Subject(s)
Adverse Outcome Pathways , COVID-19 , Olfaction Disorders , Anosmia/etiology , COVID-19/complications , Humans , Olfaction Disorders/diagnosis , Olfaction Disorders/etiology , SARS-CoV-2 , Smell/physiology , Spike Glycoprotein, Coronavirus
3.
Am J Case Rep ; 23: e936496, 2022 Sep 12.
Article in English | MEDLINE | ID: covidwho-2025552

ABSTRACT

BACKGROUND Anosmia, which is loss of smell, is a recognized complication of coronavirus disease 2019 (COVID-19) due to infection with severe acute respiratory syndrome coronavirus 2 (SARS-CoV-2), which may persist after recovery from infection. Retronasal olfactory testing includes both subjective questionnaires and physiological tests that can be used to evaluate recovery of smell. This report presents the case of a 32-year-old man with persistent loss of smell following COVID-19 whose recovery was evaluated by retronasal olfactory testing. CASE REPORT The patient was a 32-year-old man with confirmed SARS-CoV-2 infection. He was aware of his olfactory dysfunction. Using the orthonasal test, a T&T Olfactometer 2 months after disease onset showed an olfactory threshold score of 2.2 points (mild decrease) and olfactory identification result of 3.4 points (moderate decrease). However, the retronasal intravenous olfactory test showed no response, indicating severe olfactory dysfunction. After 3 months of olfactory training and therapy with steroidal nasal drops (Fluticasone Furoate, 27.5 µg/day) and oral vitamins (Mecobalamin, 1500 µg/day), the patient's orthonasal test olfactory threshold score improved to 0.6 points (normal), and his olfactory identification result improved to 1.2 points (mild decrease). Although the retronasal intravenous olfactory test showed a weak response, a reaction did occur. At this time, the patient did not report any improvement in his symptoms. CONCLUSIONS This report has shown that in cases of persistent anosmia following COVID-19, retronasal olfactory testing can be used to evaluate recovery of the sense of smell.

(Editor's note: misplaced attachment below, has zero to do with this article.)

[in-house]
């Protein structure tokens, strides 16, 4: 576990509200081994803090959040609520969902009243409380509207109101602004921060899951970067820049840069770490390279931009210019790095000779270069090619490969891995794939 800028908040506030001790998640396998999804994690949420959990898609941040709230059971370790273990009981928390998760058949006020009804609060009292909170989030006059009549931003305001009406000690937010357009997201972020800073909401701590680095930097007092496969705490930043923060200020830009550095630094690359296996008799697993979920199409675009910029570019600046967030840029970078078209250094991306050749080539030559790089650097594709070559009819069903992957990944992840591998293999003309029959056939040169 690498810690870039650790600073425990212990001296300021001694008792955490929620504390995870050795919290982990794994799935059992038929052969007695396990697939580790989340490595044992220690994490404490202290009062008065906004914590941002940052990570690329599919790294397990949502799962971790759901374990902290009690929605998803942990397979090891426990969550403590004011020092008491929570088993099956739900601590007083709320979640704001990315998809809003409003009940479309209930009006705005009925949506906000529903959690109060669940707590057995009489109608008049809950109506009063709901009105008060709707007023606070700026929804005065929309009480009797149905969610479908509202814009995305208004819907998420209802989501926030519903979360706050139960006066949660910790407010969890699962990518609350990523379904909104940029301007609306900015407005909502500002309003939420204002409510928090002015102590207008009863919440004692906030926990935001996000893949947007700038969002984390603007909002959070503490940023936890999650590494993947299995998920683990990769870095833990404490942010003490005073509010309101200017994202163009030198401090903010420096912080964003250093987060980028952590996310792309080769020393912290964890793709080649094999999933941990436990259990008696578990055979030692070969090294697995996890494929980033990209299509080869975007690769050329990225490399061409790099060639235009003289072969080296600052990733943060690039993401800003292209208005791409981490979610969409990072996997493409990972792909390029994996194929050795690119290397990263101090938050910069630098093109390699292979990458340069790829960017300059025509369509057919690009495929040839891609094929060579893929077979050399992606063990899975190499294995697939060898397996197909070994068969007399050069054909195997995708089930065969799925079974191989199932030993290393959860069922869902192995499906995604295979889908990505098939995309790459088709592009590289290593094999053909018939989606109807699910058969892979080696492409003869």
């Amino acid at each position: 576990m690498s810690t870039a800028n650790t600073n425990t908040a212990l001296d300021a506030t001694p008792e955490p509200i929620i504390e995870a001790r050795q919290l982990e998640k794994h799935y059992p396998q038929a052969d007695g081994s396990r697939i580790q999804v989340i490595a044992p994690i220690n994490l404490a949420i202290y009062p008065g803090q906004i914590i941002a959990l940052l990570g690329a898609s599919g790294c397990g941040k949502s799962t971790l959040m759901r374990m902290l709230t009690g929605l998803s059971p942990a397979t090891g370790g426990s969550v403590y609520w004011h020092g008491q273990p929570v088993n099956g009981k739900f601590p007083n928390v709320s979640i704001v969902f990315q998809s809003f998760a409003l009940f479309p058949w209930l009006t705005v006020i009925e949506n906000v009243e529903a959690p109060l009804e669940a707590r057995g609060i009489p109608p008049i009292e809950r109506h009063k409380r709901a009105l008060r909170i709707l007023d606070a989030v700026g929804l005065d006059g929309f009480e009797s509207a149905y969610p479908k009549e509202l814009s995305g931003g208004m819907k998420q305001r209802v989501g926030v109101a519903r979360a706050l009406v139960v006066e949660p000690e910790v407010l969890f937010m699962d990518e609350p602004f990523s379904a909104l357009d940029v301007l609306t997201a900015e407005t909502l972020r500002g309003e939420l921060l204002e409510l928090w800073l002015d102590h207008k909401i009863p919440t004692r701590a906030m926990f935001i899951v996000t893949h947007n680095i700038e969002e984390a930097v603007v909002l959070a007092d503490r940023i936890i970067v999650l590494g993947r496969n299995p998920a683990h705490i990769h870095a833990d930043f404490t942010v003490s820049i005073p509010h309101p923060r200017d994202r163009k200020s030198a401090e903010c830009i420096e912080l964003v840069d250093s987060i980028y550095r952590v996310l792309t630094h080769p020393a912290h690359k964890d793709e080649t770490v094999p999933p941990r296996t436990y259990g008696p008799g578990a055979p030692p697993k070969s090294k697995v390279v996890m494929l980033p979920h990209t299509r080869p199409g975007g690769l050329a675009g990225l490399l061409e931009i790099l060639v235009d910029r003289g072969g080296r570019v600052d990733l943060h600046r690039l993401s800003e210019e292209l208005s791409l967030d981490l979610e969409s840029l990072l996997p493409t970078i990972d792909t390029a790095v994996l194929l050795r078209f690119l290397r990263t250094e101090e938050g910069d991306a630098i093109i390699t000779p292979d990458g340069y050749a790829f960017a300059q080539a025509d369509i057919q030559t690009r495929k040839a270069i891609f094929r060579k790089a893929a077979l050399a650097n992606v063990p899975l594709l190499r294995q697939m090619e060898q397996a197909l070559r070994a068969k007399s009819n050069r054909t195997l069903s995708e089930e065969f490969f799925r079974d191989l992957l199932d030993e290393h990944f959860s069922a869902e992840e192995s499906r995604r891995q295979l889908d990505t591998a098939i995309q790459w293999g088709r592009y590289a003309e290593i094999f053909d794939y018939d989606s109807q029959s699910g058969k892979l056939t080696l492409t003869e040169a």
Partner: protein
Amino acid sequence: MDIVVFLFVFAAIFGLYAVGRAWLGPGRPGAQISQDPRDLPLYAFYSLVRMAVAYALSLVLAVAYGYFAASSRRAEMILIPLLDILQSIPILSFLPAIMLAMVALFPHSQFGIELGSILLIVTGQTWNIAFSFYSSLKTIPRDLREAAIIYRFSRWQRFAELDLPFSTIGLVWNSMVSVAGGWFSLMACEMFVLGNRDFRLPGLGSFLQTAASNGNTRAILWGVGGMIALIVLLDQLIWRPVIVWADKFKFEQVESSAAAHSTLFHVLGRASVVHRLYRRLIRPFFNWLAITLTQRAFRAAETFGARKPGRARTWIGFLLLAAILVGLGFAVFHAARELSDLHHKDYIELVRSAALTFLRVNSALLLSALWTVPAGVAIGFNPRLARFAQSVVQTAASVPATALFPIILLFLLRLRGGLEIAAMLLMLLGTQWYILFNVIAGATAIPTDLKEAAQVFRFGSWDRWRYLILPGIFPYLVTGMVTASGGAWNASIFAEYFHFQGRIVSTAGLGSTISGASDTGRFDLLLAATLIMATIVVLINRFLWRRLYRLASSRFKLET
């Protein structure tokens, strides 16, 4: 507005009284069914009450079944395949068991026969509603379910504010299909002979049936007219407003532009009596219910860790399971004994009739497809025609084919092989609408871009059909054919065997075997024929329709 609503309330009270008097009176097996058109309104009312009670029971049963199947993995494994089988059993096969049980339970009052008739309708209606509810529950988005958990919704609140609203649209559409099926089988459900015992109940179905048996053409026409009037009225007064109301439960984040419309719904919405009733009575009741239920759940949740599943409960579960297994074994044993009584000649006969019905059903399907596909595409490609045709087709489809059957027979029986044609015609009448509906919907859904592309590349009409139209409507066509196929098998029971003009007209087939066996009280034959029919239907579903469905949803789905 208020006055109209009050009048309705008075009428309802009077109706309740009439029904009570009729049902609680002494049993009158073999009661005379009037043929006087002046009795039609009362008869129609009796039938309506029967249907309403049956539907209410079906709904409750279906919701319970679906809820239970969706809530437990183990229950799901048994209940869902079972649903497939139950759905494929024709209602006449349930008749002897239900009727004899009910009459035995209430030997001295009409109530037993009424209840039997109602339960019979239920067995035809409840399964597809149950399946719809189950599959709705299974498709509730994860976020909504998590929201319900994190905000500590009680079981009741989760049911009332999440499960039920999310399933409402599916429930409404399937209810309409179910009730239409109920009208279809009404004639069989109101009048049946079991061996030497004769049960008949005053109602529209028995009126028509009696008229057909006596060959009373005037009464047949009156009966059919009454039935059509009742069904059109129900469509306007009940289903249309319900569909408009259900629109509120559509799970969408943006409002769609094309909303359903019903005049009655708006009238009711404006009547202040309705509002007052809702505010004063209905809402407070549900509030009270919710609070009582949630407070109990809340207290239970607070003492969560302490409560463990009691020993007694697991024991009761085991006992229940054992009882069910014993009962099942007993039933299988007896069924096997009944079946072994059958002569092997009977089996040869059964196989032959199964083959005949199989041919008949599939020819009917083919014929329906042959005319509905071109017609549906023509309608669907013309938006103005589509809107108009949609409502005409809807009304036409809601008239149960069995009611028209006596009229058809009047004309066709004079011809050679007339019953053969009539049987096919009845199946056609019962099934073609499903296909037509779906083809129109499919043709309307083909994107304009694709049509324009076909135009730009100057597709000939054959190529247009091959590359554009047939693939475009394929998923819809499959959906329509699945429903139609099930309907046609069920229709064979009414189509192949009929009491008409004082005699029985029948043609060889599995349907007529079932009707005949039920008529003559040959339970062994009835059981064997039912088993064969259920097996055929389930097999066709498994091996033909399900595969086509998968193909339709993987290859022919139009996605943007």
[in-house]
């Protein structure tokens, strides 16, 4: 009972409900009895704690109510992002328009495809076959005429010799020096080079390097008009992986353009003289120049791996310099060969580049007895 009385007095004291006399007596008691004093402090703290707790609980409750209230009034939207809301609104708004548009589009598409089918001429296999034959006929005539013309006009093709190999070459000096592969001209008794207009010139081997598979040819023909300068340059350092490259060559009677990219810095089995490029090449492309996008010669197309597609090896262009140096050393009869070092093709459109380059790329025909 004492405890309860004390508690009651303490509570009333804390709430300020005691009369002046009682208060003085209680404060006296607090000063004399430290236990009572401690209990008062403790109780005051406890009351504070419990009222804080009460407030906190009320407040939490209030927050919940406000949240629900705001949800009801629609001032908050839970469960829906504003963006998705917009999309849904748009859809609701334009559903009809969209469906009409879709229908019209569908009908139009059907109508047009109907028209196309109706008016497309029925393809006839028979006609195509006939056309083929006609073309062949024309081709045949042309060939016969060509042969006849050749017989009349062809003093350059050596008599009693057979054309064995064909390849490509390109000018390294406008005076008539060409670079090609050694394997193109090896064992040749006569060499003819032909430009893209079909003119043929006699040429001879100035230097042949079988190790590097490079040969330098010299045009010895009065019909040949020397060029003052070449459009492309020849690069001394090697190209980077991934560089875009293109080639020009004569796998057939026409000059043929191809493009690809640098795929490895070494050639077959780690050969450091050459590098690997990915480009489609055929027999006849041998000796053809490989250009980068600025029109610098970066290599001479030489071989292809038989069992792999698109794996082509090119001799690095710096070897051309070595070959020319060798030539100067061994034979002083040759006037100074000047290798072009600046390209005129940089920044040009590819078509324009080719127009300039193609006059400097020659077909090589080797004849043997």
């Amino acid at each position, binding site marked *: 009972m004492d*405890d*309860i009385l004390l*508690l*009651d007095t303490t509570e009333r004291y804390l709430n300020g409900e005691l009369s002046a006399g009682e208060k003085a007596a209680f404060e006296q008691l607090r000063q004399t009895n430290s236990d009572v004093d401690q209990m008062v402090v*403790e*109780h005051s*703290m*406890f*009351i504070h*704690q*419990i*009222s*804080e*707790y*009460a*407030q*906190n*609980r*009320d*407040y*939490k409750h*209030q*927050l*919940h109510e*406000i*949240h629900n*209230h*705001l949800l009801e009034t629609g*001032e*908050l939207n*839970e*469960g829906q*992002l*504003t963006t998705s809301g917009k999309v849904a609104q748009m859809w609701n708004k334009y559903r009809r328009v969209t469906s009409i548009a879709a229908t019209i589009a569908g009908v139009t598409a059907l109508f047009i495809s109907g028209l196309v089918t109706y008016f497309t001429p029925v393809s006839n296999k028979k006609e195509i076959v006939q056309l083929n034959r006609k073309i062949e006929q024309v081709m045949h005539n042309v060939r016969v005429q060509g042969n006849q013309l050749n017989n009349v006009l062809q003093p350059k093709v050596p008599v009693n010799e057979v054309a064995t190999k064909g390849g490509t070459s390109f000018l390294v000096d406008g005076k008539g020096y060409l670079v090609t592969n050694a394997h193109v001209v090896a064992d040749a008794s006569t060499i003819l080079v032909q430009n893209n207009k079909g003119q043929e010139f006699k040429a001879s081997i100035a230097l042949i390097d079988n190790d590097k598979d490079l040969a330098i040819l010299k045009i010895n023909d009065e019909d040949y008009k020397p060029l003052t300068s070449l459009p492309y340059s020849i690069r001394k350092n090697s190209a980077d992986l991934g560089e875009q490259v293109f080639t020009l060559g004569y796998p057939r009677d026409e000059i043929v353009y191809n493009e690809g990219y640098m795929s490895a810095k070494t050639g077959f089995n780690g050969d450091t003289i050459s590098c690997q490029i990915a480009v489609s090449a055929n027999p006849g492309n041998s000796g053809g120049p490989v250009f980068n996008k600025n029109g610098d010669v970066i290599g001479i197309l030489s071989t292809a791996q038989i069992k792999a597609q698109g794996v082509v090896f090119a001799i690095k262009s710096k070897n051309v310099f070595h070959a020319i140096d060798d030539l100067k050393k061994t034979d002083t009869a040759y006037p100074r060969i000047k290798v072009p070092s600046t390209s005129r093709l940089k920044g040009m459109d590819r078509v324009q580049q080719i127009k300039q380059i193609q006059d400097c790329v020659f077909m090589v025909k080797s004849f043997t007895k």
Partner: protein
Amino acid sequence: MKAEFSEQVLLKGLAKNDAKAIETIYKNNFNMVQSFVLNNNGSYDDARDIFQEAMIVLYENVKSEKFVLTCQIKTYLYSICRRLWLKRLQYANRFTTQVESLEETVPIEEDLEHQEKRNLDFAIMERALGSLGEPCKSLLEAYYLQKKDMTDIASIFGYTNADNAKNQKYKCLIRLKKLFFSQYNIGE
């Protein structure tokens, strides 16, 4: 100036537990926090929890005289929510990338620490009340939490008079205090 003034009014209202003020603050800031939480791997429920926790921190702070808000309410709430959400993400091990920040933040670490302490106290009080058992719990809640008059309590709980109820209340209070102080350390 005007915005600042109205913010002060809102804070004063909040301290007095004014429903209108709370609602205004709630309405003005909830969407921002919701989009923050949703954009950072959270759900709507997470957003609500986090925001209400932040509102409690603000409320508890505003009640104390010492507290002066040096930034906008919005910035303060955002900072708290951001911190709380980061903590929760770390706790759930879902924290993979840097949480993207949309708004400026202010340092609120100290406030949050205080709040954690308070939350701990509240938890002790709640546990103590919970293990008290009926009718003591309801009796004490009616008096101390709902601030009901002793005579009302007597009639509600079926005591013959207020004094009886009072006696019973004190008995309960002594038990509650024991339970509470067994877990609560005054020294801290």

Subject(s)
COVID-19 , Olfaction Disorders , Adult , Anosmia , COVID-19/complications , Humans , Male , Olfaction Disorders/diagnosis , Olfaction Disorders/etiology , SARS-CoV-2 , Smell/physiology
4.
Am J Rhinol Allergy ; 36(6): 780-787, 2022 Nov.
Article in English | MEDLINE | ID: covidwho-1957011

ABSTRACT

BACKGROUND: Olfactory dysfunction (OD)-including anosmia and hyposmia-is a common symptom of COVID-19. Previous studies have identified olfactory training (OT) as an important treatment for postinfectious OD; however, little is known about its benefits and optimizations after SARS-CoV-2 infection. OBJECTIVE: This study aimed to assess whether olfactory training performance can be optimized using more fragrances over a shorter period of time in patients with persistent OD after COVID-19. In addition, we determined the presence of other variables related to OD and treatment response in this population. METHODS: This multicenter randomized clinical trial recruited 80 patients with persistent OD and prior COVID-19 infection for less than 3 months. The patients were divided into 2 groups receiving either 4 or 8 essences over 4 weeks. Subjective assessments and the University of Pennsylvania Smell Identification Test (UPSIT) were performed before and after the treatment. RESULTS: Significant olfactory improvement was measured subjectively and using the UPSIT in both groups; however, no significant differences between the groups were observed. Additionally, the presence of olfactory fluctuations was associated with higher UPSIT scores. CONCLUSION: These data suggest that training intensification by increasing the number of essences for 4 weeks does not show superiority over the classical method. Moreover, fluctuant olfaction seems to be related to a higher score on the UPSIT.